Tuesday, July 12, 2011

I don't get it

I don't really get Airsoft.  I say this as someone who's dropped hundreds of dollars into Airsoft guns.  The kids like them, at least for a while.  I tried it - even setting up an Airsoft range in my basement back at Chez Borepatch - but it didn't take.  An Airsoft 1911 simply doesn't fire like a .45 ACP 1911, and so it didn't take long before I lost interest.

Some folks are not so lucky as to live in Georgia or Texas, and so Airsoft lets them scratch an itch that I now can address in a louder way.  I do understand this, having once been a Prisoner Of Mother Massachusetts (POMM).

I can even understand re-enactments, and can appreciate the effort and time that goes into insanely great ones.

But I don't get this:

Pimpin' your Airsoft with gold spray paint.  I confess that I don't get this.  Or this:

Looks hard to draw, at least to me.

But the owner of the web site looks like he's a Prisoner Of Mother England (POME, not POMM), and so this is likely the only way he can scratch his itch.  And so let me extend the hand of friendship across the Pond: if Arnie is ever visiting Georgia or Texas, send me an email.  I'd be delighted to take you to the range.


Guffaw in AZ said...

AND...aren't you more likely to cross yourself using a so-called 'Cavalry' presentation?
Jus' sayin'

Raptor said...

Actually, that second pic is a screen cap from the film Face/Off starring Nicholas Cage and John Travolta, so you can blame John Woo for the ridiculous carry position.

Personally, I kinda like airsoft (kinda in that I've never actually skirmished) in that it's a heck of a lot more realistic than paintball, but I'm with you: I just don't get some of the more outrageous guns.

Tim Ellwood said...

The holster picture is a "New York reload" http://bellcharteroakholsters.com/pancakes.html
Style and it seems, very popular with the Hollywood folk. I would be afraid of spine damage if I ever fell down!
Now to airsoft, I understand not "getting" it. I was partners in the 1st company to bring them to the US in Bulk and spent Shot show 1987,
explaining them.
They were developed in Japan, were owning a real gun is tantamount to us trying to own a BLU82. When ever you tell a person they can't have something, they want it even more, as you know. They fill certain niches in the US, being able to have full auto replicas that shoot ( M-76, MAC 10, HK and the like), being able to shoot in a back yard or garage with a trainer that mimic's most of the action of a "real steel" gun ( less the recoil, noise) and just collecting guns that you cant get or afford ( GE-134) if the were real. In reality, they do everything a real gun does, right up till you pull the trigger, they just don't kill.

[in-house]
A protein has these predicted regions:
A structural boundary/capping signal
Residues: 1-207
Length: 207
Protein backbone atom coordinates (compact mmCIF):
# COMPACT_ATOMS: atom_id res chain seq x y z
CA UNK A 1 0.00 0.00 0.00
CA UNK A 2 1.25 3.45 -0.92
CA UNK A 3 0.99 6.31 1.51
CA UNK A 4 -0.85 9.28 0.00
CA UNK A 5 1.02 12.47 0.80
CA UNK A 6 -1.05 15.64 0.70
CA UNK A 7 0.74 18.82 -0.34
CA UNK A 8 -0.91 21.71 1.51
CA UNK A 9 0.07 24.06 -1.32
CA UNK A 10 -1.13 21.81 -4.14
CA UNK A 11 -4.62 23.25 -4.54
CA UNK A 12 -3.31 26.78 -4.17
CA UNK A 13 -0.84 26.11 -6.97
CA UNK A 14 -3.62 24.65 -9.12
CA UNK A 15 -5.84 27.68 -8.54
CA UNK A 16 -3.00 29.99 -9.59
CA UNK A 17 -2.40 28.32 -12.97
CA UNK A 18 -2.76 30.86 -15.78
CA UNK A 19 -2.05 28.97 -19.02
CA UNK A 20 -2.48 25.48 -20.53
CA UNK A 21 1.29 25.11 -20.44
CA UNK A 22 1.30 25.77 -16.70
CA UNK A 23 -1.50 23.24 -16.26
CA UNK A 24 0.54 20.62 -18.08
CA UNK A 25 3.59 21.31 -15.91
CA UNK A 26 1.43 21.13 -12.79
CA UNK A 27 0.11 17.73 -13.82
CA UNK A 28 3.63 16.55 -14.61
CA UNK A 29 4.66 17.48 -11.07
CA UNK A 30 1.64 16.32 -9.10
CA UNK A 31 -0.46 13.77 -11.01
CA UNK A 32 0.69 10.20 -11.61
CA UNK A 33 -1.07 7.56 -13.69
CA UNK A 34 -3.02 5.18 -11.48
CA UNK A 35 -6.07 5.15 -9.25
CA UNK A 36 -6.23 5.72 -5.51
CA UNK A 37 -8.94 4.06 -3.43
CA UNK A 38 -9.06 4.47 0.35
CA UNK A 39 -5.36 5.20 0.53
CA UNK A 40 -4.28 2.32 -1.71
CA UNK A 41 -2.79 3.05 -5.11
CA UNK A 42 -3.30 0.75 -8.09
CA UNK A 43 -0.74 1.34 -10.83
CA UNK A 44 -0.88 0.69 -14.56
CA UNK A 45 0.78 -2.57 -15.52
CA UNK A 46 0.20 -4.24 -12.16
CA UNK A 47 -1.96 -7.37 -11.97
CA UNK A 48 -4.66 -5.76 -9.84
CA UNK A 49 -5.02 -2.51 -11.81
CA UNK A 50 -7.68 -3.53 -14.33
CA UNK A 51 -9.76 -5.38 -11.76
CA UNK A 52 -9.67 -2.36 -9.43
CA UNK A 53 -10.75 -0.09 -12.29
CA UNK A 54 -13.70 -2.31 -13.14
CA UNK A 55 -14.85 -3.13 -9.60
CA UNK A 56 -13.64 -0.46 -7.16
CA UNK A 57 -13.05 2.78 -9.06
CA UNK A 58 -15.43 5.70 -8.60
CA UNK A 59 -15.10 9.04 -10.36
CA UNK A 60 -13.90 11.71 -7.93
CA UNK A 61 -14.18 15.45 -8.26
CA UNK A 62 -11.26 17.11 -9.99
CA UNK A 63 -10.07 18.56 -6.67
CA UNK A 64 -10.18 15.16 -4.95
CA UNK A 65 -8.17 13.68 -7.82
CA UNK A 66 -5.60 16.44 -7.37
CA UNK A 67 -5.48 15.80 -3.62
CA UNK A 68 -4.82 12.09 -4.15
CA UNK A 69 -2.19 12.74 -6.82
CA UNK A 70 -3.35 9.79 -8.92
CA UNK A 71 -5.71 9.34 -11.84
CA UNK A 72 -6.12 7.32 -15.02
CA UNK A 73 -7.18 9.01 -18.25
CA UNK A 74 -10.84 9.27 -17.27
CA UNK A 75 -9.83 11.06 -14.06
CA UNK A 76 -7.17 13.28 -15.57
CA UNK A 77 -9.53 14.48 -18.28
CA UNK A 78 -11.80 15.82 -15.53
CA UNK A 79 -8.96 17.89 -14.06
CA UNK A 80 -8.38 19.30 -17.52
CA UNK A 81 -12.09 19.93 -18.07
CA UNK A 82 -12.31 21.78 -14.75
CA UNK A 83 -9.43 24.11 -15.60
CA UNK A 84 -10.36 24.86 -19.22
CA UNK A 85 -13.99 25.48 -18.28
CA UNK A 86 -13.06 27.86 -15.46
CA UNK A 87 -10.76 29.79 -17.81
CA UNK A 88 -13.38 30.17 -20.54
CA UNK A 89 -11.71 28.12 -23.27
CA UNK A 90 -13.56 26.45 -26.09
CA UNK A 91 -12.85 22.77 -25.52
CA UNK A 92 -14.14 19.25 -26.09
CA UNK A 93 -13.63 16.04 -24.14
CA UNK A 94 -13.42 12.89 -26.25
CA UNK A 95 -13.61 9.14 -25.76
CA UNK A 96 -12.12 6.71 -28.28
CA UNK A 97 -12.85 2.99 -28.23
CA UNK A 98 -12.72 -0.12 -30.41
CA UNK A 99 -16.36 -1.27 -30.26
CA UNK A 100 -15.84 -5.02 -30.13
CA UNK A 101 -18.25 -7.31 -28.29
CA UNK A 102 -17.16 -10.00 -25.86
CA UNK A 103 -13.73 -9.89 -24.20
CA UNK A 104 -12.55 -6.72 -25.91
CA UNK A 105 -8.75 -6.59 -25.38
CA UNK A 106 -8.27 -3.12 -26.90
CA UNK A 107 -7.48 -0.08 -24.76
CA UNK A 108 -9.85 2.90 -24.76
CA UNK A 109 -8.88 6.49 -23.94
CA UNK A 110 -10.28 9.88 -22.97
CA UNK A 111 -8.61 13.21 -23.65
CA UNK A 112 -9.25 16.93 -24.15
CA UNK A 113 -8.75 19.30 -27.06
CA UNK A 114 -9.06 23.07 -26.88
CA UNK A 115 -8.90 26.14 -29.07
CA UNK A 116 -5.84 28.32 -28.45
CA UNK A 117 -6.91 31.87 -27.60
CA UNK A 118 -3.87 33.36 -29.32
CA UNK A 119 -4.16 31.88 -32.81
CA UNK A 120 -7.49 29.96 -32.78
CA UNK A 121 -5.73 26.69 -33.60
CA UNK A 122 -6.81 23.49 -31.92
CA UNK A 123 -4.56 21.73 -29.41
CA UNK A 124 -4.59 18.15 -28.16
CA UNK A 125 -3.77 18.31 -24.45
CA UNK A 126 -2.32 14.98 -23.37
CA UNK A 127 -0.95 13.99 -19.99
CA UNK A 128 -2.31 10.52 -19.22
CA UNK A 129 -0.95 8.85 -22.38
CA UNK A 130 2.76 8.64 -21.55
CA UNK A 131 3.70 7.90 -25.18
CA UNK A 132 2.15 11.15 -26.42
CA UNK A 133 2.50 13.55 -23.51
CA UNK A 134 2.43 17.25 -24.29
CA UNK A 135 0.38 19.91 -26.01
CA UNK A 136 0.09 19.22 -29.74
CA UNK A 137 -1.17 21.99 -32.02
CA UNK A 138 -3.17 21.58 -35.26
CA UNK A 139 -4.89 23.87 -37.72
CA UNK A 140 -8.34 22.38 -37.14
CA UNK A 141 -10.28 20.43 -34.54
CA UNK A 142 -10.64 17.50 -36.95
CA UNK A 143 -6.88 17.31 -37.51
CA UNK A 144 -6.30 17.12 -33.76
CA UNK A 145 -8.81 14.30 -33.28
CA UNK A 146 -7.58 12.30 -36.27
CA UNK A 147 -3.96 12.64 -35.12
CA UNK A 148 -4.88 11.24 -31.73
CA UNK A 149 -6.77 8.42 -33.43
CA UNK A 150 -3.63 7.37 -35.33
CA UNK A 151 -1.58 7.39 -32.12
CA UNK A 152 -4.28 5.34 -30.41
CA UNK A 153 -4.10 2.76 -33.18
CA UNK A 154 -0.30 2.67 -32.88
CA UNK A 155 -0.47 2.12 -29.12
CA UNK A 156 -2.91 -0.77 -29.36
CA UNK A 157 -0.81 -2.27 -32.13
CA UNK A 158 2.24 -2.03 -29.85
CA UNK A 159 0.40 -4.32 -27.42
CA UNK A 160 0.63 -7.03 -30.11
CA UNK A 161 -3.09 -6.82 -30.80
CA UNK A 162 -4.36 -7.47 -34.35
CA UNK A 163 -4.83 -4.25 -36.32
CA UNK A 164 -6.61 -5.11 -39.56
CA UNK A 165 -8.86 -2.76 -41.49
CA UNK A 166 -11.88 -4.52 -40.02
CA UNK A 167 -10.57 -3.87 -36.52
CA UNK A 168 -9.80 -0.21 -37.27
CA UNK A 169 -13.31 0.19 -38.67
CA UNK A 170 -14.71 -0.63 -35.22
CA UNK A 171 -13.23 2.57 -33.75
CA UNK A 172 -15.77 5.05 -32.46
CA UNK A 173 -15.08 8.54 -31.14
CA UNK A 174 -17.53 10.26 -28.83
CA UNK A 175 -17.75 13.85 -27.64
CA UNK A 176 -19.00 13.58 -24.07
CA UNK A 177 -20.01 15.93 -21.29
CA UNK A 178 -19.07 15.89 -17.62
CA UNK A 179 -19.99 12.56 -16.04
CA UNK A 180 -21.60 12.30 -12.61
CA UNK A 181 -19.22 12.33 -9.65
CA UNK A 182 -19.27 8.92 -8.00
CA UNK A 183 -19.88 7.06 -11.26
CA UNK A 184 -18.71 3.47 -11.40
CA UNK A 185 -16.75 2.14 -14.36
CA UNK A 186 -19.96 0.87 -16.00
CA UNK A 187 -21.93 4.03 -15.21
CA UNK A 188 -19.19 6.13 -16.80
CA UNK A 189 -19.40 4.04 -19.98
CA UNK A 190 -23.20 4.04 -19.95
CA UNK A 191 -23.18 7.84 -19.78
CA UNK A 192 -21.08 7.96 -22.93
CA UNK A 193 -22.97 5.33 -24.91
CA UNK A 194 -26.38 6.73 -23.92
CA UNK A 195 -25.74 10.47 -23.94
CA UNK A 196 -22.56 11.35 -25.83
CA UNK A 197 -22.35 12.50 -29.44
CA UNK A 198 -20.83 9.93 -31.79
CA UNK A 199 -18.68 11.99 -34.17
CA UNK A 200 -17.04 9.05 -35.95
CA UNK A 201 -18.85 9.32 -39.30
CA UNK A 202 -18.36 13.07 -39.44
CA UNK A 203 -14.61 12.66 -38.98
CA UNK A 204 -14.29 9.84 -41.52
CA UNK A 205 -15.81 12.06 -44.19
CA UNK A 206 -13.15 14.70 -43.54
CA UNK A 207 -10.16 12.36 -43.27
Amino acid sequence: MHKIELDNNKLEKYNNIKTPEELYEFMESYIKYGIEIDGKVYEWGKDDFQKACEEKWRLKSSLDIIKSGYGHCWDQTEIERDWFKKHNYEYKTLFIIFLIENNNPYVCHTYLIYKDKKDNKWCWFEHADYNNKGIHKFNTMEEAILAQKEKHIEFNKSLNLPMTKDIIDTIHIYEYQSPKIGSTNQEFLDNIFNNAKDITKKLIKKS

They are being used for force on force training in the LE and military arenas, Top IPSC shooters use them for trigger control practice along with 15,000 or so people every weekend "skirmishing" every weekend across the globe.
My initial interest in them came from wanting to own a Walther MPK and not being able to find one, after I acquired an airsoft version, I thought there might be others like me, and there was. leaving that industry and entering the firearms side in 1990 I have since worked for S&W, dist's and ran and owned gun shops, but still keep a few hundred airsoft guns around, just for fun I guess!
Great Blog,by the way.
Thanks for reading this long, drawn out ramble.

Isegoria said...

Airsoft makes plenty of sense for training shooting on the move, transitions, etc., when you need some objective feedback about your performance beyond your own ability to call your shots while dry-firing.

And it lets you do force-on-force training — something I do not advise with .45 ACP.

Pimping your airsoft gun, on the other hand, doesn't make much sense to me — but I never really understood pimping your real gun, either.